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Finance Dictionary and Glossary of Investment Terms
cash forward contract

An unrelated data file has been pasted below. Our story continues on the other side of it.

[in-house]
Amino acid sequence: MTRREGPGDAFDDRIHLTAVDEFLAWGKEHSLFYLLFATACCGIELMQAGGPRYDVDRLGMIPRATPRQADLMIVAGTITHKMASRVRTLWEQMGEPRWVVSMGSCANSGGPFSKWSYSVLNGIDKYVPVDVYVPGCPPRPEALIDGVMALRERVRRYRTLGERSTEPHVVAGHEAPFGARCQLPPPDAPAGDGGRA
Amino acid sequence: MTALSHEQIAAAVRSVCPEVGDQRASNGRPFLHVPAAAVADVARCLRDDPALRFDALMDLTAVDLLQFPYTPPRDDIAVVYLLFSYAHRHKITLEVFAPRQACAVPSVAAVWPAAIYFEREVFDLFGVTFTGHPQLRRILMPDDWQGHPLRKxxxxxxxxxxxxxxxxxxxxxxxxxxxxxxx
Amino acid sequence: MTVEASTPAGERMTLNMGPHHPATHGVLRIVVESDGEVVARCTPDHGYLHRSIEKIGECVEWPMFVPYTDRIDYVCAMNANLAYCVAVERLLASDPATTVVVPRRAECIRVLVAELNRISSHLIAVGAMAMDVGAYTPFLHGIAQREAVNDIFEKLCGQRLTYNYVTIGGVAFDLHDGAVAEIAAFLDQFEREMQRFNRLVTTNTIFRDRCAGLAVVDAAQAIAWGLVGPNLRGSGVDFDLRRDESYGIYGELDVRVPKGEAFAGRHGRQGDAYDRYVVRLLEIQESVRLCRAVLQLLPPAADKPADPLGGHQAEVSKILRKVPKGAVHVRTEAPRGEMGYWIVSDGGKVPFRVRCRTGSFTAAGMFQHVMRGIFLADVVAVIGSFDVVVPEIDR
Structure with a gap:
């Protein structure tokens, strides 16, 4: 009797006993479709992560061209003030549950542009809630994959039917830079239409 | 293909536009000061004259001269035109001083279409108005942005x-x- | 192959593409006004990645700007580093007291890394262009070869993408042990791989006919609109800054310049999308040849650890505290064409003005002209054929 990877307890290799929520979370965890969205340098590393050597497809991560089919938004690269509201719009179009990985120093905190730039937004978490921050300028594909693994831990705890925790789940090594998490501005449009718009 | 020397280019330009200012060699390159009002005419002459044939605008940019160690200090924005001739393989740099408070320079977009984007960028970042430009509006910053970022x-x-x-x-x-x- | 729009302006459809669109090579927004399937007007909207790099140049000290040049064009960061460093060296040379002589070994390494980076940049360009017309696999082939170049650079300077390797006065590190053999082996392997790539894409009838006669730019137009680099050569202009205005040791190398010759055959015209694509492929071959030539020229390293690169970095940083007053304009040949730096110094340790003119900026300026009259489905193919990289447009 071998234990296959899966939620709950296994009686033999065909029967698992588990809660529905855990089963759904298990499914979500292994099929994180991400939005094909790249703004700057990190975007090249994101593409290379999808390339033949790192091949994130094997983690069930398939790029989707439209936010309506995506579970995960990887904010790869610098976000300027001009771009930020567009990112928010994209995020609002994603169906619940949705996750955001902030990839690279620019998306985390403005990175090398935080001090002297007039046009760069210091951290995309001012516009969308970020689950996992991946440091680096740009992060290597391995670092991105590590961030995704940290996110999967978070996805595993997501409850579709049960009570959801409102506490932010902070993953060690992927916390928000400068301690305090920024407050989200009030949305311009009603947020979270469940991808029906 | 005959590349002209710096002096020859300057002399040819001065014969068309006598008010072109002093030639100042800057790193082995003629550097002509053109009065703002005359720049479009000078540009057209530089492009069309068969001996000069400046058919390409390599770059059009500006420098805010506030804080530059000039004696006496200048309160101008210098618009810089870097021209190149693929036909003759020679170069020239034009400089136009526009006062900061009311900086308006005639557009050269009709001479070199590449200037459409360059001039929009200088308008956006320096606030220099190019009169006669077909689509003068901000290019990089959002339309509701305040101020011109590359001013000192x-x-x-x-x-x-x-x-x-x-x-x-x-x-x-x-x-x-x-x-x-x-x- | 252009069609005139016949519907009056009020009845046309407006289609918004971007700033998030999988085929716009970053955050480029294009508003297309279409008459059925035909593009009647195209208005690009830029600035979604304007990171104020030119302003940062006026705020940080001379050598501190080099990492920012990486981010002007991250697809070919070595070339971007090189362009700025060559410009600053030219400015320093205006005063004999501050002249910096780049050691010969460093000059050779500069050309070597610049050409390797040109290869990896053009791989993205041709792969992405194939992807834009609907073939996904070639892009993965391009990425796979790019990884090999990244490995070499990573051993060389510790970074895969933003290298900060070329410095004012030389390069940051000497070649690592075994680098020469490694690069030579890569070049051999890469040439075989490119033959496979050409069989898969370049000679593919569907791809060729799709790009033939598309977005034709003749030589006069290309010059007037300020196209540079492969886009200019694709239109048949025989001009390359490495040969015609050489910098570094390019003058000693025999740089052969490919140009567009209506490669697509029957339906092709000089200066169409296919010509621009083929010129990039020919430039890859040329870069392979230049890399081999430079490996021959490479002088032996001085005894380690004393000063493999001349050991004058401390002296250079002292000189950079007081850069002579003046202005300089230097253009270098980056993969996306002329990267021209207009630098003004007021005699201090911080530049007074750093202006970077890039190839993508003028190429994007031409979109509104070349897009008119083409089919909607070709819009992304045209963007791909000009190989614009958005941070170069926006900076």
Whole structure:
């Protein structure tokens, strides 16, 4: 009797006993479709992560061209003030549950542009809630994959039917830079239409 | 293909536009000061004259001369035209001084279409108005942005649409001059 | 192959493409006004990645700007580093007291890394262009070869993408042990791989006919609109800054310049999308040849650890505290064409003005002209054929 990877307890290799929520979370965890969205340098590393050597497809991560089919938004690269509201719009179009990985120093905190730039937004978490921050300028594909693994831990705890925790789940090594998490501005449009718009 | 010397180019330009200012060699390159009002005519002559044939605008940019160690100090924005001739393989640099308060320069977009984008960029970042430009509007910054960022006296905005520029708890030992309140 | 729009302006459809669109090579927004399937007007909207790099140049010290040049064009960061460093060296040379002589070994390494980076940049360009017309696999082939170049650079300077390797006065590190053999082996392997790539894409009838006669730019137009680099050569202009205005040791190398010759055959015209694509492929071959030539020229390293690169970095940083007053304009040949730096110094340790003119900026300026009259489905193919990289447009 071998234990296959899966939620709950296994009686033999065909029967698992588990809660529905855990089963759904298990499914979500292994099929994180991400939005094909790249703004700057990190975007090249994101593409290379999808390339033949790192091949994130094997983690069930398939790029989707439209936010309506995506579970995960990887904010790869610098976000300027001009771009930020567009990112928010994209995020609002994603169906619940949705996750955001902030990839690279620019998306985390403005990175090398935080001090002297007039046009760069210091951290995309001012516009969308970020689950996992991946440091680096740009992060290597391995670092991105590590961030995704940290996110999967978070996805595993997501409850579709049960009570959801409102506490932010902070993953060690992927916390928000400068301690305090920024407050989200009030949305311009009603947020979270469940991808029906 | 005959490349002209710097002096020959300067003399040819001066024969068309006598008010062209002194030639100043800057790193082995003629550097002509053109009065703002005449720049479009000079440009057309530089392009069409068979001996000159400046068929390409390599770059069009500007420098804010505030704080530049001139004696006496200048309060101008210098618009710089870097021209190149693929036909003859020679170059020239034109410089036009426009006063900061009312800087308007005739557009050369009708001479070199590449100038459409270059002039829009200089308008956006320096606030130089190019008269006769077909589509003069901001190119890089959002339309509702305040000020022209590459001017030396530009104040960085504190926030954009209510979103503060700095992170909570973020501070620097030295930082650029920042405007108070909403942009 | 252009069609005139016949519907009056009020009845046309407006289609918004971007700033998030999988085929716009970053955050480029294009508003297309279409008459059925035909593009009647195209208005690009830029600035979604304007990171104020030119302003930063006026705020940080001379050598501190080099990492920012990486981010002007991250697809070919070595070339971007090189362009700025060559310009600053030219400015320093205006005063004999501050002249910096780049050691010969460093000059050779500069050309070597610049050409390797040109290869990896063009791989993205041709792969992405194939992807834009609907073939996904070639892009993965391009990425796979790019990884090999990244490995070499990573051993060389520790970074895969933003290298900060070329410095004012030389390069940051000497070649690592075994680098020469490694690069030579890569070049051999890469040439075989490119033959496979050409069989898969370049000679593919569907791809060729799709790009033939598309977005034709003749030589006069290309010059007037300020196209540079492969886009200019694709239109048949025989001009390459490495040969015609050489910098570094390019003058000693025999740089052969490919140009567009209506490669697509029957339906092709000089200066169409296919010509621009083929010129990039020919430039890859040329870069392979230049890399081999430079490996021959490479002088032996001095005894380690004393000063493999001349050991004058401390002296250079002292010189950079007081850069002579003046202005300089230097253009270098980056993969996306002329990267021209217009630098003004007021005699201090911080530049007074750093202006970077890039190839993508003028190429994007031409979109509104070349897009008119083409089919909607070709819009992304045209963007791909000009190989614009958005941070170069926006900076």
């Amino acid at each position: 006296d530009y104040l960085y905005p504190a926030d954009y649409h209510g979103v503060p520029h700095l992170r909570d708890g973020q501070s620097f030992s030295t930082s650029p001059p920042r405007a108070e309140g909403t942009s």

A cash market transaction in which a seller agrees to deliver a specific cash commodity to a buyer at some point in the future. Unlike futures contracts (which occur through a clearing firm), cash forward contracts are privately negotiated and are not standardized. Further, the two parties must bear each other's credit risk, which is not the case with a futures contract. Also, since the contracts are not exchange traded, there is no marking to market requirement, which allows a buyer to avoid almost all capital outflow initially (though some counterparties might set collateral requirements). Given the lack of standardization in these contracts, there is very little scope for a secondary market in forwards. The price specified in a cash forward contract for a specific commodity. The forward price makes the forward contract have no value when the contract is written. However, if the value of the underlying commodity changes, the value of the forward contract becomes positive or negative, depending on the position held. Forwards are priced in a manner similar to futures. Like in the case of a futures contract, the first step in pricing a forward is to add the spot price to the cost of carry (interest forgone, convenience yield, storage costs and interest/dividend received on the underlying). Unlike a futures contract though, the price may also include a premium for counterparty credit risk, and the fact that there is not daily marking to market process to minimize default risk. If there is no allowance for these credit risks, then the forward price will equal the futures price. also called forward contract.